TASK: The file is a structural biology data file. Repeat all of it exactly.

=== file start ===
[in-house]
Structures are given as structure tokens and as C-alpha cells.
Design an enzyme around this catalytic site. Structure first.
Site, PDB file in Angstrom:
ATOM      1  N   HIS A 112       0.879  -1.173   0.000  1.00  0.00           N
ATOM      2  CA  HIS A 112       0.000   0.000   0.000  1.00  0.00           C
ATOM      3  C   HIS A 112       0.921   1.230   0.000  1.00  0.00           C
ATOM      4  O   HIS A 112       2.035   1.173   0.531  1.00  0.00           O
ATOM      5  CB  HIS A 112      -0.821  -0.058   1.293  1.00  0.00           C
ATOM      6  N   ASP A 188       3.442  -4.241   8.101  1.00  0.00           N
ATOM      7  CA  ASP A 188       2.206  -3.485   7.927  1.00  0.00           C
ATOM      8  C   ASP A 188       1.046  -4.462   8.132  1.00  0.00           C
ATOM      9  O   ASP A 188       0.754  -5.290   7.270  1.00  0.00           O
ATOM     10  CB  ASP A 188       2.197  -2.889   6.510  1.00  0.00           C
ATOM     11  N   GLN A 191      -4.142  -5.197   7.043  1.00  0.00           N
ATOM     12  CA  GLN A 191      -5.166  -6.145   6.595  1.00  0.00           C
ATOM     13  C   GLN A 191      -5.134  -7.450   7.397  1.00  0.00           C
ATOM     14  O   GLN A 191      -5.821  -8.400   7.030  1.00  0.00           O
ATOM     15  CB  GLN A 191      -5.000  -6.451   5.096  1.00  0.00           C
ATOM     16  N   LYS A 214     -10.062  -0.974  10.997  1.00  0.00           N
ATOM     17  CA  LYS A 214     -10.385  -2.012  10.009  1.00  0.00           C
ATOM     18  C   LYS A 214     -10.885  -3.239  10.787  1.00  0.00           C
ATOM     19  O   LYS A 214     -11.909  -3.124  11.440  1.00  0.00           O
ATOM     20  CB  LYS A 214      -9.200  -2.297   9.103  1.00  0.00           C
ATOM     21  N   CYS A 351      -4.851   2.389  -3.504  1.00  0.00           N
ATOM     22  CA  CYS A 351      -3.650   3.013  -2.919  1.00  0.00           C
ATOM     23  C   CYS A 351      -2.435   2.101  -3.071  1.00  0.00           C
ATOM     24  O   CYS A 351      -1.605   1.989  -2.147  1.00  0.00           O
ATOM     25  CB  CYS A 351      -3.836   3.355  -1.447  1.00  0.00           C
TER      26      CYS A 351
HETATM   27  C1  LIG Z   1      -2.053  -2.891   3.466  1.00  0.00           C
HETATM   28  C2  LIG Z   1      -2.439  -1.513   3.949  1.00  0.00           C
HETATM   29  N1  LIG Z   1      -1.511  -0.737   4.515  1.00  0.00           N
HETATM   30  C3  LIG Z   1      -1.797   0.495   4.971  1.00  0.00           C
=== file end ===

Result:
[in-house]
Structures are given as structure tokens and as C-alpha cells.
Design an enzyme around this catalytic site. Structure first.
Site, PDB file in Angstrom:
ATOM      1  N   HIS A 112       0.879  -1.173   0.000  1.00  0.00           N
ATOM      2  CA  HIS A 112       0.000   0.000   0.000  1.00  0.00           C
ATOM      3  C   HIS A 112       0.921   1.230   0.000  1.00  0.00           C
ATOM      4  O   HIS A 112       2.035   1.173   0.531  1.00  0.00           O
ATOM      5  CB  HIS A 112      -0.821  -0.058   1.293  1.00  0.00           C
ATOM      6  N   ASP A 188       3.442  -4.241   8.101  1.00  0.00           N
ATOM      7  CA  ASP A 188       2.206  -3.485   7.927  1.00  0.00           C
ATOM      8  C   ASP A 188       1.046  -4.462   8.132  1.00  0.00           C
ATOM      9  O   ASP A 188       0.754  -5.290   7.270  1.00  0.00           O
ATOM     10  CB  ASP A 188       2.197  -2.889   6.510  1.00  0.00           C
ATOM     11  N   GLN A 191      -4.142  -5.197   7.043  1.00  0.00           N
ATOM     12  CA  GLN A 191      -5.166  -6.145   6.595  1.00  0.00           C
ATOM     13  C   GLN A 191      -5.134  -7.450   7.397  1.00  0.00           C
ATOM     14  O   GLN A 191      -5.821  -8.400   7.030  1.00  0.00           O
ATOM     15  CB  GLN A 191      -5.000  -6.451   5.096  1.00  0.00           C
ATOM     16  N   LYS A 214     -10.062  -0.974  10.997  1.00  0.00           N
ATOM     17  CA  LYS A 214     -10.385  -2.012  10.009  1.00  0.00           C
ATOM     18  C   LYS A 214     -10.885  -3.239  10.787  1.00  0.00           C
ATOM     19  O   LYS A 214     -11.909  -3.124  11.440  1.00  0.00           O
ATOM     20  CB  LYS A 214      -9.200  -2.297   9.103  1.00  0.00           C
ATOM     21  N   CYS A 351      -4.851   2.389  -3.504  1.00  0.00           N
ATOM     22  CA  CYS A 351      -3.650   3.013  -2.919  1.00  0.00           C
ATOM     23  C   CYS A 351      -2.435   2.101  -3.071  1.00  0.00           C
ATOM     24  O   CYS A 351      -1.605   1.989  -2.147  1.00  0.00           O
ATOM     25  CB  CYS A 351      -3.836   3.355  -1.447  1.00  0.00           C
TER      26      CYS A 351
HETATM   27  C1  LIG Z   1      -2.053  -2.891   3.466  1.00  0.00           C
HETATM   28  C2  LIG Z   1      -2.439  -1.513   3.949  1.00  0.00           C
HETATM   29  N1  LIG Z   1      -1.511  -0.737   4.515  1.00  0.00           N
HETATM   30  C3  LIG Z   1      -1.797   0.495   4.971  1.00  0.00           C